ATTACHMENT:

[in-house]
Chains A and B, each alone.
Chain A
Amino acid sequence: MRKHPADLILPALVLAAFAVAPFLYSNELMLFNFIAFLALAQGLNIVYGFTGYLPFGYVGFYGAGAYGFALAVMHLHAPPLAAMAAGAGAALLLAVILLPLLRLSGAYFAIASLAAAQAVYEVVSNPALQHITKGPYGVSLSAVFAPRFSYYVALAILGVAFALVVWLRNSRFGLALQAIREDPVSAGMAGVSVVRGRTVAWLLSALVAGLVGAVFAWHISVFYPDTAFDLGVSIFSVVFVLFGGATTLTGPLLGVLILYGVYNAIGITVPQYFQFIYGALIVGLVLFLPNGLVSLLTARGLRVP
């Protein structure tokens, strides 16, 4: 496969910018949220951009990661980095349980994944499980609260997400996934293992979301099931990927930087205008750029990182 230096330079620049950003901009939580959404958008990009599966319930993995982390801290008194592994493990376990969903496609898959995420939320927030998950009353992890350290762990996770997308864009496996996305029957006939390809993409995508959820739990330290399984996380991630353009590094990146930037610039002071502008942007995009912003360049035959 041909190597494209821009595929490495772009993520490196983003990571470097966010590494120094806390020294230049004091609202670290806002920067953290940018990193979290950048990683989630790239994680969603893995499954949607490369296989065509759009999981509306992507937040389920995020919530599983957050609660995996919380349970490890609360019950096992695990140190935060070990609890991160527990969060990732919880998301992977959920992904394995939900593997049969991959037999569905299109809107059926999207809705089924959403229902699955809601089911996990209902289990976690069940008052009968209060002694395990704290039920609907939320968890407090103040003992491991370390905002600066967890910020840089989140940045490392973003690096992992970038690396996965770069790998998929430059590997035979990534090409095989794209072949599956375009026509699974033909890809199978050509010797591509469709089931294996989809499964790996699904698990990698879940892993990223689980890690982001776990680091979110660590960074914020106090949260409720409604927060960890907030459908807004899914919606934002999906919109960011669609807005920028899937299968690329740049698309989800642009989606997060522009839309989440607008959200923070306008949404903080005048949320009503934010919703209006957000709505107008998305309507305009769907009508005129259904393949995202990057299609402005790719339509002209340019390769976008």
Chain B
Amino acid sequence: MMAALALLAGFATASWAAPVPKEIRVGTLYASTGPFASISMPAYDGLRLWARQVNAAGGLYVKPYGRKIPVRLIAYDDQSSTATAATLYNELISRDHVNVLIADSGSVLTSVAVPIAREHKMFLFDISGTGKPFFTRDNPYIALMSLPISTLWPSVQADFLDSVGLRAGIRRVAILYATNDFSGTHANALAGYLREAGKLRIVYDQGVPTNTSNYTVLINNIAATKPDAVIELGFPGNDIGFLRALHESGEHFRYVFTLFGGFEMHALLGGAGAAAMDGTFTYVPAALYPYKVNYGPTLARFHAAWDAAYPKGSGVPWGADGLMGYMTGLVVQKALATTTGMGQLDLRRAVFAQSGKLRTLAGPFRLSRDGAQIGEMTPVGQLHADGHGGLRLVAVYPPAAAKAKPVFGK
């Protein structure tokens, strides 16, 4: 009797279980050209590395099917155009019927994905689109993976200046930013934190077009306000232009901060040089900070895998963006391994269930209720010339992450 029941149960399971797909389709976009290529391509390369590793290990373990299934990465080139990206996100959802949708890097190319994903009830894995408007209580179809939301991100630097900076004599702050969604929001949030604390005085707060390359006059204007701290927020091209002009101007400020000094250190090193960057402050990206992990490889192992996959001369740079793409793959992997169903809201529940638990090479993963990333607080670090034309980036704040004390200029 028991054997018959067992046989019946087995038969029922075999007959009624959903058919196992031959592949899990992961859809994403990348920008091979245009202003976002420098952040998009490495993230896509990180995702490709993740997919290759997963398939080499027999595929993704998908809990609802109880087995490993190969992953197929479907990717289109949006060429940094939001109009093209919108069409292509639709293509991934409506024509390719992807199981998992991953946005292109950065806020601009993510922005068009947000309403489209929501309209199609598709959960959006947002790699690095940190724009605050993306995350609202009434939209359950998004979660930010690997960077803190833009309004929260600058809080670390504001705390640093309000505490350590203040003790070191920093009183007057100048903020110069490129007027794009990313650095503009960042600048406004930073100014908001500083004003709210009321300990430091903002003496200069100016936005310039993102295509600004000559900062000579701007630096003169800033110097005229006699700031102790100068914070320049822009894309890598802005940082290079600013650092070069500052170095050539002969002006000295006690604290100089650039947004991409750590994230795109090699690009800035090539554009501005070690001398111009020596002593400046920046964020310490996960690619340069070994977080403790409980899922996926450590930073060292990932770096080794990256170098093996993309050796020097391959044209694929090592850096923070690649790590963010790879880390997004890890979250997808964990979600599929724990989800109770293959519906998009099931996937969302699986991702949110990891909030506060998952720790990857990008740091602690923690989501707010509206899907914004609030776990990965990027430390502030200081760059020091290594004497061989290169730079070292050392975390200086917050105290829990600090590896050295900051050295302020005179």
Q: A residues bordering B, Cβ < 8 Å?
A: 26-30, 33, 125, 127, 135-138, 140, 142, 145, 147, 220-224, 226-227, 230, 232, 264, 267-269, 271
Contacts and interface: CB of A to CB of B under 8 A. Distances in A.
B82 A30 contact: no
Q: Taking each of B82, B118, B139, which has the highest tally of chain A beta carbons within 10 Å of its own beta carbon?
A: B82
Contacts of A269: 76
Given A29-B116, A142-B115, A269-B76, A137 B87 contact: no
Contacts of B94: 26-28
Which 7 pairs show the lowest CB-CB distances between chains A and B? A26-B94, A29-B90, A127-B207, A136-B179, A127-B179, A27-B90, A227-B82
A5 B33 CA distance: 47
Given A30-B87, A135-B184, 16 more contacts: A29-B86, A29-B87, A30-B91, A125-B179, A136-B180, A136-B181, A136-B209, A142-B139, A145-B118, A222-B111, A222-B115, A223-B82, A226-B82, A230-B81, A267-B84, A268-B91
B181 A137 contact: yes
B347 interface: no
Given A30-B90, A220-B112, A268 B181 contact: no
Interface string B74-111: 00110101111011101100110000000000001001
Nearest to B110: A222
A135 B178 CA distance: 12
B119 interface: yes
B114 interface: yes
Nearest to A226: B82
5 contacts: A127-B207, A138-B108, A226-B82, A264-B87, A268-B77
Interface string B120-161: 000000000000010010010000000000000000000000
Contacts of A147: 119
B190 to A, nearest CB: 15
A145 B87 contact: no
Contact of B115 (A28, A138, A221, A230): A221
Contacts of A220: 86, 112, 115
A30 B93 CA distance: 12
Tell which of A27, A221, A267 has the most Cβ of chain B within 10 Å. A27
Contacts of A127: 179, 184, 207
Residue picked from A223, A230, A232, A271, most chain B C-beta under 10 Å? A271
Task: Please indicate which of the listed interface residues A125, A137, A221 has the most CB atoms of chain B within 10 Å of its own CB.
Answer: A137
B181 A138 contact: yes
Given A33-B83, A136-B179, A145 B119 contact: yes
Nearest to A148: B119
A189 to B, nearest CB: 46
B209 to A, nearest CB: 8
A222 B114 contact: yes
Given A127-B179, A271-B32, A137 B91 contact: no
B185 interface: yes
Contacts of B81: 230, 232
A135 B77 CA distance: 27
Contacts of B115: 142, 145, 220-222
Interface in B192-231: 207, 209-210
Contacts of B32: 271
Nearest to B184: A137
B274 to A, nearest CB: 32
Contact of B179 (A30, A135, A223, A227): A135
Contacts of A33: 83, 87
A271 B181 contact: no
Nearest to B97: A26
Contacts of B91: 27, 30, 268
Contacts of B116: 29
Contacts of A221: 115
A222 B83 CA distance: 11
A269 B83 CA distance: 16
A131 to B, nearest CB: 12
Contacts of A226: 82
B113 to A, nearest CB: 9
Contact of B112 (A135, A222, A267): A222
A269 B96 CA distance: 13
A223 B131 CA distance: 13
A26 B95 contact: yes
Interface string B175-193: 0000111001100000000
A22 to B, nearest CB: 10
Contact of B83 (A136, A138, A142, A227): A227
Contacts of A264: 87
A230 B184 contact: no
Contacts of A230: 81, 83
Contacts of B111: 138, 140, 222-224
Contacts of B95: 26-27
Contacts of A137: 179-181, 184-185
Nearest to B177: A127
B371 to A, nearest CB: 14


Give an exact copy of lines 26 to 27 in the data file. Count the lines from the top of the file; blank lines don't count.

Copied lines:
A135 B178 CA distance: 12
B119 interface: yes